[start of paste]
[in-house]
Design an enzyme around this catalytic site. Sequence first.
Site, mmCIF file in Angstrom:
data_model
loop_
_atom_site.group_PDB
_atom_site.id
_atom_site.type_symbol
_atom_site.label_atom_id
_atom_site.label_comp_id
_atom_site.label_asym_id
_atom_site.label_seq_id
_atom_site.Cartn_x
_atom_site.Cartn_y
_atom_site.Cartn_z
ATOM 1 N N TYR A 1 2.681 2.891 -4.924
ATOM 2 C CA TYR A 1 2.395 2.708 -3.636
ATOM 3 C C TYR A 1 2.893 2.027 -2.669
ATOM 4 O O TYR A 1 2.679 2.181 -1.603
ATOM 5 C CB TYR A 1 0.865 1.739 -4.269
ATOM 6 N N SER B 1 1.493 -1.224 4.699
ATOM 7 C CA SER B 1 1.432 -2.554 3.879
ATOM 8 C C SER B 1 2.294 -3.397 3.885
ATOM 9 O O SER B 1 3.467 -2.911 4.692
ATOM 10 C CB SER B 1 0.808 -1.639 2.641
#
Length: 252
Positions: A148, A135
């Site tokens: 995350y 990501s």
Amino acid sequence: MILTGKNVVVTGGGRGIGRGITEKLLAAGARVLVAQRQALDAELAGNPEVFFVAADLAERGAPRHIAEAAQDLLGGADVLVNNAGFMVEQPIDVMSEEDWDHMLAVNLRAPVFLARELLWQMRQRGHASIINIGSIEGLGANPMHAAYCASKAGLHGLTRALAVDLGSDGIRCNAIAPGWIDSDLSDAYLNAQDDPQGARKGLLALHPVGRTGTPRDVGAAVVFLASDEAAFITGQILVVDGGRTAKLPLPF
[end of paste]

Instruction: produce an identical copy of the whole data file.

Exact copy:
[in-house]
Design an enzyme around this catalytic site. Sequence first.
Site, mmCIF file in Angstrom:
data_model
loop_
_atom_site.group_PDB
_atom_site.id
_atom_site.type_symbol
_atom_site.label_atom_id
_atom_site.label_comp_id
_atom_site.label_asym_id
_atom_site.label_seq_id
_atom_site.Cartn_x
_atom_site.Cartn_y
_atom_site.Cartn_z
ATOM 1 N N TYR A 1 2.681 2.891 -4.924
ATOM 2 C CA TYR A 1 2.395 2.708 -3.636
ATOM 3 C C TYR A 1 2.893 2.027 -2.669
ATOM 4 O O TYR A 1 2.679 2.181 -1.603
ATOM 5 C CB TYR A 1 0.865 1.739 -4.269
ATOM 6 N N SER B 1 1.493 -1.224 4.699
ATOM 7 C CA SER B 1 1.432 -2.554 3.879
ATOM 8 C C SER B 1 2.294 -3.397 3.885
ATOM 9 O O SER B 1 3.467 -2.911 4.692
ATOM 10 C CB SER B 1 0.808 -1.639 2.641
#
Length: 252
Positions: A148, A135
């Site tokens: 995350y 990501s």
Amino acid sequence: MILTGKNVVVTGGGRGIGRGITEKLLAAGARVLVAQRQALDAELAGNPEVFFVAADLAERGAPRHIAEAAQDLLGGADVLVNNAGFMVEQPIDVMSEEDWDHMLAVNLRAPVFLARELLWQMRQRGHASIINIGSIEGLGANPMHAAYCASKAGLHGLTRALAVDLGSDGIRCNAIAPGWIDSDLSDAYLNAQDDPQGARKGLLALHPVGRTGTPRDVGAAVVFLASDEAAFITGQILVVDGGRTAKLPLPF